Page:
The Nature Conservancy's restoration goals for Houghton Lake were deceptively simple. To the maximum extent possible, we want to restore groundwater flow and quality to the lake and wetlands. To accomplish this we had to remove buried tiles from the agricultural fields and fill in many of the ditches that in the past had intercepted groundwater before it discharged to the lake. This change moves more water through the lake itself, helping to flush out chemicals and nutrients from adjacent farm fields that have accumulated over the decades. Now that the restoration is complete the annual flush of algae the lake experiences should decrease as nutrients leach out of the system over the years. This will improve habitat for native fish, amphibians and reptiles as the water clears over time.
There is one disruption that we did not restore: the natural lake water level. Although the outlet of the lake is man-made and has dropped the lake several feet, we did not manipulate it. The wetland habitats that have developed on the exposed lake bottom are too valuable and it would be foolish to drown out these high-quality habitats.
The adjacent fields have been restored to appropriate native wetland and grassland communities. The hydrologic restoration created very wet muck soils in the valley bottom, which we hope to restore to sedge meadows, wet prairies and fen communities. This will increase habitat for many wetland species, especially rare snakes and turtles at the site. The rolling uplands were planted to prairie to reduce agricultural runoff to the wetlands and to create additional habitat.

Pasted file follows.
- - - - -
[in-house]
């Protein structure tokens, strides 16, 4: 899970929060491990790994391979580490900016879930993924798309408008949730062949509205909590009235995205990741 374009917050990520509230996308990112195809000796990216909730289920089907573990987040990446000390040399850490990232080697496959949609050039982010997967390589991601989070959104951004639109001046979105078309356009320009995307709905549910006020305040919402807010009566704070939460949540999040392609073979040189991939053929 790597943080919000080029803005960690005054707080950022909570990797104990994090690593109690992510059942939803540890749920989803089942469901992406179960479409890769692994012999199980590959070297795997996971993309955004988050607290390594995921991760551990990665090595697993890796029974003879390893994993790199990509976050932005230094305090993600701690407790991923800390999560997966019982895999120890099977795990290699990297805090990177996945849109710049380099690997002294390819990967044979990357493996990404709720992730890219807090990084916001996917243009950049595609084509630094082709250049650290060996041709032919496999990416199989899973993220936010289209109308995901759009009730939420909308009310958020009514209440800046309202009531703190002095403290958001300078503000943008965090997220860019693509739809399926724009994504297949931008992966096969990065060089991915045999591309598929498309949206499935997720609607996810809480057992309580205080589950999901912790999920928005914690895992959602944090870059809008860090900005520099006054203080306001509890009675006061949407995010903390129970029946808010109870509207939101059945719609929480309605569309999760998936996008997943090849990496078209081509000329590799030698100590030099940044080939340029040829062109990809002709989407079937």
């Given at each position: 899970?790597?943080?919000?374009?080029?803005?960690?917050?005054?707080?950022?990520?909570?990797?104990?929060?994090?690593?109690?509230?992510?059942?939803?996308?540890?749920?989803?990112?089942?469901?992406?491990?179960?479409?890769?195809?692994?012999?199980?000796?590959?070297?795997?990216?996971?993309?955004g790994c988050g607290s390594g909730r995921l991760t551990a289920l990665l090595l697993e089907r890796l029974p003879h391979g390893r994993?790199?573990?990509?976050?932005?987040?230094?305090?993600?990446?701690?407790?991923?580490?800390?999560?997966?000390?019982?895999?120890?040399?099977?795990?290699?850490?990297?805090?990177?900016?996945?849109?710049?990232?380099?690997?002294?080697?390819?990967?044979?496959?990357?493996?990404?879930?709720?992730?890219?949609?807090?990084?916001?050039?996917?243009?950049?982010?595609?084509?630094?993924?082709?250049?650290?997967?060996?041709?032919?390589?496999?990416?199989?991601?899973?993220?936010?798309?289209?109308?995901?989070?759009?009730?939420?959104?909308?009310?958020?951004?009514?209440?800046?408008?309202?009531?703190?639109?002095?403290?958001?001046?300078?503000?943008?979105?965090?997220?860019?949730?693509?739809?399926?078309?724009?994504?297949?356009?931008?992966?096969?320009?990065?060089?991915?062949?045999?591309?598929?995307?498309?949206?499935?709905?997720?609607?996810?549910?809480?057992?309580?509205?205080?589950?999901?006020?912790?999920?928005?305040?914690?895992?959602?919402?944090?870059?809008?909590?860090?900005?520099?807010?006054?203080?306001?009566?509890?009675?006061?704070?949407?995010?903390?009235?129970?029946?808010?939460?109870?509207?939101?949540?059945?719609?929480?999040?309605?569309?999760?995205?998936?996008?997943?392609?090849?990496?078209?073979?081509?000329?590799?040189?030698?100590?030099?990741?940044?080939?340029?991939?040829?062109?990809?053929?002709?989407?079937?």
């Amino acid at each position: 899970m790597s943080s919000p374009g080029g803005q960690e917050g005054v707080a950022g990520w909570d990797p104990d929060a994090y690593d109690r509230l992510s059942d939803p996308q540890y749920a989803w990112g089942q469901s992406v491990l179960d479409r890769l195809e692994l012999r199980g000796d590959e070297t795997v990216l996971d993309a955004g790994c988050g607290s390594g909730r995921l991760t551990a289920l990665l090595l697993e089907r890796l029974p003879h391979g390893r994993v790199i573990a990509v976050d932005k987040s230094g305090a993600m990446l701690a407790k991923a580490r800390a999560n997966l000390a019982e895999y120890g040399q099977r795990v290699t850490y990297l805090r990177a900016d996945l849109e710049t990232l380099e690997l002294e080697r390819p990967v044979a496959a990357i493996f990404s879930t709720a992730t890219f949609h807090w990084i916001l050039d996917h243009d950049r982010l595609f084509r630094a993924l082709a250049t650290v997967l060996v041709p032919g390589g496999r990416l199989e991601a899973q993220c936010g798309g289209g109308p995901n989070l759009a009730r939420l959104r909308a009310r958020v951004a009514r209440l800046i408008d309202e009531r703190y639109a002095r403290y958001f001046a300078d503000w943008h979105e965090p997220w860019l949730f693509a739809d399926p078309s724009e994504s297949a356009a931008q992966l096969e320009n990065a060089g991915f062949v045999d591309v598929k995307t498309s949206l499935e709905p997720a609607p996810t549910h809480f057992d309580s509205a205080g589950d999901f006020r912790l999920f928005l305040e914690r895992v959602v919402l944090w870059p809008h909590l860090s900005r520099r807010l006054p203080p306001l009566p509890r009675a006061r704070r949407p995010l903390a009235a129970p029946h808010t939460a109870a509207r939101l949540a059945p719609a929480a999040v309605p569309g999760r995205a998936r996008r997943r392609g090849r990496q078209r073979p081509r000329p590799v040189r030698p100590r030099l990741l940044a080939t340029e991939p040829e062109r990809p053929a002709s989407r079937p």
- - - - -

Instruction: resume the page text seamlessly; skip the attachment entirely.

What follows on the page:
As we mentioned before, preparing the tract for restoration has been a long, arduous task. Eradicating the invasive species from the land has been our first task. In the spring/summer of 2007, stewardship worked to remove reed canary grass from the ditch and field edges. Attention will soon be turned to common buckthorn and the native cottonwood trees lining the ditches. Though a native species, cottonwoods must be downed to reduce the number of seeds that shower the landscape and potentially turning our restoration into a dense thicket.
In the spring of 2009, our invasive specie removal efforts shifted towards purple loosestrife. Efforts to fight it and stem its invasion are costly, time-intensive and often unsuccessful. To help battle purple loosestrife at Houghton Lake, we turned to some unlikely partners. European beetles, Galerucella calmariensis and G. pusilla, have been used since the early 1990s in Indiana as biological control agents for purple loosestrife. In Indiana and numerous sites throughout the Great Lakes, biocontrol programs have been reported to have significantly reduced dense infestations, generally within five years of the initial release. Extensive research and testings has shown that these beetles would not pester other plants. Therefore , once populations of purple loosestrife start to decline, so will the beetles.
Since we started preparing for this restoration in 2006, we've:
Volunteers donated a total of 360 hours, getting their hands dirty to help with the restoration. Full-time and seasonal staff, along with AmeriCorps members, spent over 3,800 hours in the field working on the restoration.
This restoration is finished in the sense that all the necessary pieces – restored hydrology and diverse seed mix – are in place to develop into diverse habitats, but we’ll continue to manage the site to control invasive plants and to introduce fire management.